• Homophobic hate crime is up 81 per cent
  • Racist and religious hate crime is up 107 per cent
  • Disability hate crime is up 215 per cent
  • Transphobic hate crime is up 261 per cent

The Police & Crime Committee has published a report with recommendations to the Mayor on what he can do to tackle hate crime in the capital.

The PCC has also been looking into the issues around modern slavery, on which we spent our September meeting. The transcript  is available here.

We have also started work on an inquiry into domestic abuse.

The Inspectorate of Constabulary has recently reported on its inspection of the Met.

I have drawn attention to the problem of thieves in Barnet targeting catalytic converters.

4 Planning, Housing and Regeneration

I have commented on the Government’s Permitted Development Rights and Barnet Council’s belated adoption of the so called ’Article 4’ exemption, generating the sound of far too many development stable doors shutting too late.

At this month’s meeting of the City Hall Regeneration Committee considering the disposal of public land, I questioned TfL over their public engagement over their proposed developments in High Barnet, Finchley Central, Colindale and Golders Green. They assured me that public responses would be considered, and there would be further rounds of consultation as their schemes evolve. I particularly highlighted the impact of removing their carpark spaces near tube stations. I also more generally raised the issue of the need for key worker housing with MOPAC, the Fire Brigade, and the Deputy Mayor for Housing.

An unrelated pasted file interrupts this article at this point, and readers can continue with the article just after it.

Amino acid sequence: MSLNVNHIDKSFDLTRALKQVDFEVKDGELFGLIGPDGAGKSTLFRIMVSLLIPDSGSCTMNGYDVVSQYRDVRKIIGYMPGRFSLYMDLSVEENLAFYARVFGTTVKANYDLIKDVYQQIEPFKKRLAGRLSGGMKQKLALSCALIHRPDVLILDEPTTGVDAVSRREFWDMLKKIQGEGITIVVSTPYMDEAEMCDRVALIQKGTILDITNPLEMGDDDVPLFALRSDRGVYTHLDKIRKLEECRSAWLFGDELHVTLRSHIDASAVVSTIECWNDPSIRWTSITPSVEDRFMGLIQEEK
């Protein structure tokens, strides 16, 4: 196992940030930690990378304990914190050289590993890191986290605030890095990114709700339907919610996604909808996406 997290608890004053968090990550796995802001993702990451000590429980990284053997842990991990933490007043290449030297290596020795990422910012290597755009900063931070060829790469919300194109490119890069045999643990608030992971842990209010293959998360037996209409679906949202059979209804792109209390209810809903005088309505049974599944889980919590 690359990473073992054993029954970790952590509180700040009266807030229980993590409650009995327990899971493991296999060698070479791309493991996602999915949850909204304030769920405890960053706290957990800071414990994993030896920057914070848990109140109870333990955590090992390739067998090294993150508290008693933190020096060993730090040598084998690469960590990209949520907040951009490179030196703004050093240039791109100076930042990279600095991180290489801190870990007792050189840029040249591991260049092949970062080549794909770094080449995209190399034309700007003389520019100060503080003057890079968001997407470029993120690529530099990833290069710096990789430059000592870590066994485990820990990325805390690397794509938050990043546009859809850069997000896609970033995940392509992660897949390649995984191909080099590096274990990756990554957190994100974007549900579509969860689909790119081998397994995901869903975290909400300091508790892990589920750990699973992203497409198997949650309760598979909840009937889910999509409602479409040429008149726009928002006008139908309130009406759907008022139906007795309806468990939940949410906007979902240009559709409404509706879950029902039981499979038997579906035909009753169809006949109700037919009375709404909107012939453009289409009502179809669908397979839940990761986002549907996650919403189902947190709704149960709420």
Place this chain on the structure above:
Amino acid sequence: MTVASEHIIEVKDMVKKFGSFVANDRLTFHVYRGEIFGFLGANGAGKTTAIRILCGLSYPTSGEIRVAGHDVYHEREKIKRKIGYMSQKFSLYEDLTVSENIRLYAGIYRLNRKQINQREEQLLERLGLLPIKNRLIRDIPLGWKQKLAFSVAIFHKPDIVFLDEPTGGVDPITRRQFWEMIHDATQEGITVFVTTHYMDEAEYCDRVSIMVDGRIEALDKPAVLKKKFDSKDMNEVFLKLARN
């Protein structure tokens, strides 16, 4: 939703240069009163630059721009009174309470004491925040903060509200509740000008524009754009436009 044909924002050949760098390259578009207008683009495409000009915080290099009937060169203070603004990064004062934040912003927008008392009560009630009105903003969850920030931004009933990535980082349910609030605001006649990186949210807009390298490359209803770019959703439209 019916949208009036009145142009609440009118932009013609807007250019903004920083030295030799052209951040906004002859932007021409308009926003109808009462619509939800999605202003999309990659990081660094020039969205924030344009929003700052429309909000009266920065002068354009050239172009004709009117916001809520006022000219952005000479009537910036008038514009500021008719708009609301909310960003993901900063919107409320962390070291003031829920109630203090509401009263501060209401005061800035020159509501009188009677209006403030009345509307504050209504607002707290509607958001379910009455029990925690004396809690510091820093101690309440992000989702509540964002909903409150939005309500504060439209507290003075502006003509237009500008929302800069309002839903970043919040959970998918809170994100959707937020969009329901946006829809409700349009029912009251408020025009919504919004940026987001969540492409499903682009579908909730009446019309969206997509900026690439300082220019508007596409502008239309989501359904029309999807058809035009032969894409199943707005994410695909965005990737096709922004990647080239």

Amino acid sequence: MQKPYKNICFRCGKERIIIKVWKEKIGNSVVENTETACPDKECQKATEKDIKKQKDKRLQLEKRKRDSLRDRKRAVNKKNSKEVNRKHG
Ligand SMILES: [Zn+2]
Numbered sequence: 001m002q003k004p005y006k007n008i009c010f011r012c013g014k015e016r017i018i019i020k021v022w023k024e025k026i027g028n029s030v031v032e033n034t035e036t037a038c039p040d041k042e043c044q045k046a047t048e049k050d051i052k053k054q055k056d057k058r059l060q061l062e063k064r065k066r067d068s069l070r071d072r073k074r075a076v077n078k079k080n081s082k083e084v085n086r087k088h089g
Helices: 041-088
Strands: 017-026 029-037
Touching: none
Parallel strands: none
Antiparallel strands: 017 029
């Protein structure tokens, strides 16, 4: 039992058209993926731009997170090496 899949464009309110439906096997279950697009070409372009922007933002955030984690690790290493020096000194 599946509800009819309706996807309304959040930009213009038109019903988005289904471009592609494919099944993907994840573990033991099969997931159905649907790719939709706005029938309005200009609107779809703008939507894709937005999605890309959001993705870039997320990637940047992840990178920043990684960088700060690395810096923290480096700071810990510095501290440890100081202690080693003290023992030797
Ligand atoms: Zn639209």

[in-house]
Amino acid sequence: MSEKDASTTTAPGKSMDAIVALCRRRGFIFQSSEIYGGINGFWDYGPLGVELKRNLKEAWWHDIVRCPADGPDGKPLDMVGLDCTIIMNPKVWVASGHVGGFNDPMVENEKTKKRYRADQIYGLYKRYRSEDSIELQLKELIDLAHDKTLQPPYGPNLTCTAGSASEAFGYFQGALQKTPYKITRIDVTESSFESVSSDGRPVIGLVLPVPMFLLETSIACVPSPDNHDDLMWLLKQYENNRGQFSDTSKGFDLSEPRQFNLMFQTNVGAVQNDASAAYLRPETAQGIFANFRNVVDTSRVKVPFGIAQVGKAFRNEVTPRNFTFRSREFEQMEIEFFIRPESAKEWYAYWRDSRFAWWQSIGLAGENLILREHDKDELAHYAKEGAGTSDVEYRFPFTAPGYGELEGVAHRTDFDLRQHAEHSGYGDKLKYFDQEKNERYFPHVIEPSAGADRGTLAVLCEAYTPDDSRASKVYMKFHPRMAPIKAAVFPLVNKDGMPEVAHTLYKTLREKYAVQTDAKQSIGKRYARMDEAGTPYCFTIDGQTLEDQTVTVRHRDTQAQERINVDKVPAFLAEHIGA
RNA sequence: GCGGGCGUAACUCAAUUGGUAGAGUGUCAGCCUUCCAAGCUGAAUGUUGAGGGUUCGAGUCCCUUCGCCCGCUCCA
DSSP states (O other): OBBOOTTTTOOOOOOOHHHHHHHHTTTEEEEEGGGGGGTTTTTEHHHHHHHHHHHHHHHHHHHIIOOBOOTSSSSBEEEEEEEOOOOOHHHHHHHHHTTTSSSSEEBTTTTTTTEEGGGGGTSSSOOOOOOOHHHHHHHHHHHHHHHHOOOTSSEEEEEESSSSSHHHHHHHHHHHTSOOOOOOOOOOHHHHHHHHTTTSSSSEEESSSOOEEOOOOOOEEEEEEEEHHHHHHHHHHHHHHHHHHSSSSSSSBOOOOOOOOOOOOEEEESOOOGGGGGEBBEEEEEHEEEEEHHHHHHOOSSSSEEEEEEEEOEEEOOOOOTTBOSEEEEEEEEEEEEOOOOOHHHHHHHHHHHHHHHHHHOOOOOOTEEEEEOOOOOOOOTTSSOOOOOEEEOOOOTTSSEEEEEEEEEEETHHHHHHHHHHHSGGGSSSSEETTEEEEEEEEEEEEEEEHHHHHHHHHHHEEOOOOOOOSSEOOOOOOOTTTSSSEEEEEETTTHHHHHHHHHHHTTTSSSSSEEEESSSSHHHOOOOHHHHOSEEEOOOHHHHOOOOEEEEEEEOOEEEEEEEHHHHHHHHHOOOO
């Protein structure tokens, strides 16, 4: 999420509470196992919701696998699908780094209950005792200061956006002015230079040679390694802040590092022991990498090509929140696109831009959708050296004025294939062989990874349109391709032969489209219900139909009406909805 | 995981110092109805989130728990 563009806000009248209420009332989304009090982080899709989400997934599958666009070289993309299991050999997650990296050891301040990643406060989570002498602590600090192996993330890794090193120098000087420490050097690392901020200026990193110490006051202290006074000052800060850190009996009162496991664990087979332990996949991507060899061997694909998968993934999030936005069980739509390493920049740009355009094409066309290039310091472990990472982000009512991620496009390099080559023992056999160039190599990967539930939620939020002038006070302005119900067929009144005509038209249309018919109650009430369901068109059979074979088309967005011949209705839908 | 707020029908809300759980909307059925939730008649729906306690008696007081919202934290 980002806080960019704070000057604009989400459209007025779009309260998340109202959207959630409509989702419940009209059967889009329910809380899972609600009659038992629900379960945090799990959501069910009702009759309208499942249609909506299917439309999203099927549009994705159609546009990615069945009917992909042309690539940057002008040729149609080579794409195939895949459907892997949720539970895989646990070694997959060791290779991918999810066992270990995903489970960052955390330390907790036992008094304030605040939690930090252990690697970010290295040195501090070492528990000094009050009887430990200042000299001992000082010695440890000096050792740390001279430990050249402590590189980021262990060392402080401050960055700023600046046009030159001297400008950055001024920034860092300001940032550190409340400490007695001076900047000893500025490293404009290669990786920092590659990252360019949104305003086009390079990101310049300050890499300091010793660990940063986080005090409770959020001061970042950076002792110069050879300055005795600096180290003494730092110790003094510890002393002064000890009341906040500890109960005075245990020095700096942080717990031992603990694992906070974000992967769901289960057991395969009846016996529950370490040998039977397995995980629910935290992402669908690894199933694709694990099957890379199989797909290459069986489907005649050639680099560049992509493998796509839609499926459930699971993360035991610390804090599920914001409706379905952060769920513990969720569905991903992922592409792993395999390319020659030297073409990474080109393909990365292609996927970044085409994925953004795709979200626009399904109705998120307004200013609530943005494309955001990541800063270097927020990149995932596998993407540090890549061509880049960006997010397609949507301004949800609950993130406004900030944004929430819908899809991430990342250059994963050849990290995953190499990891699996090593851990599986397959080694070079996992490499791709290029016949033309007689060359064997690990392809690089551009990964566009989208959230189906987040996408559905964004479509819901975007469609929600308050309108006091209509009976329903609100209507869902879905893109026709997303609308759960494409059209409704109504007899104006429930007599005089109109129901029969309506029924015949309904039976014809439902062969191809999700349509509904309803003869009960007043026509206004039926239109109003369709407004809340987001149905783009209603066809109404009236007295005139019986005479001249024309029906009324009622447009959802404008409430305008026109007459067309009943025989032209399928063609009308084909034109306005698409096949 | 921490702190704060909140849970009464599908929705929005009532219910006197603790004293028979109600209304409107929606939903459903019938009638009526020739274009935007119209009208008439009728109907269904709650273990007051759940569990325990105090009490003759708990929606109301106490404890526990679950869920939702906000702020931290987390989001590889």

I have formally objected to the planning application for Unit 4 Hyde Estate Road London NW9- in other words the Sainsbury’s West Hendon site.

I have raised with Barnet’s Chief Executive the excessive and in my view unlawful secrecy about what appear to be distinctly fishy goings on about the Sweet Tree Field planning application, Mill Hill.

Finally, I have supported calls for the ‘listing’ of the Midland Hotel, West Hendon.

5 Environment

Though I am not a formal member of the City Hall Environment committee I sat as a ‘substitute’ member on their meeting this month, over the issue of flood resilience in London, as chair of the FREP committee (see below). This was an opportunity to raise the flood risk from the Silkstream, in Colindale, which is of concern to many residents living nearby, given the extent of development in the area and its impact on surface water drainage. 

I attended the launch of the Bloomsbury festival.

6  Fire, Resilience and Emergency Planning (FREP)  Committee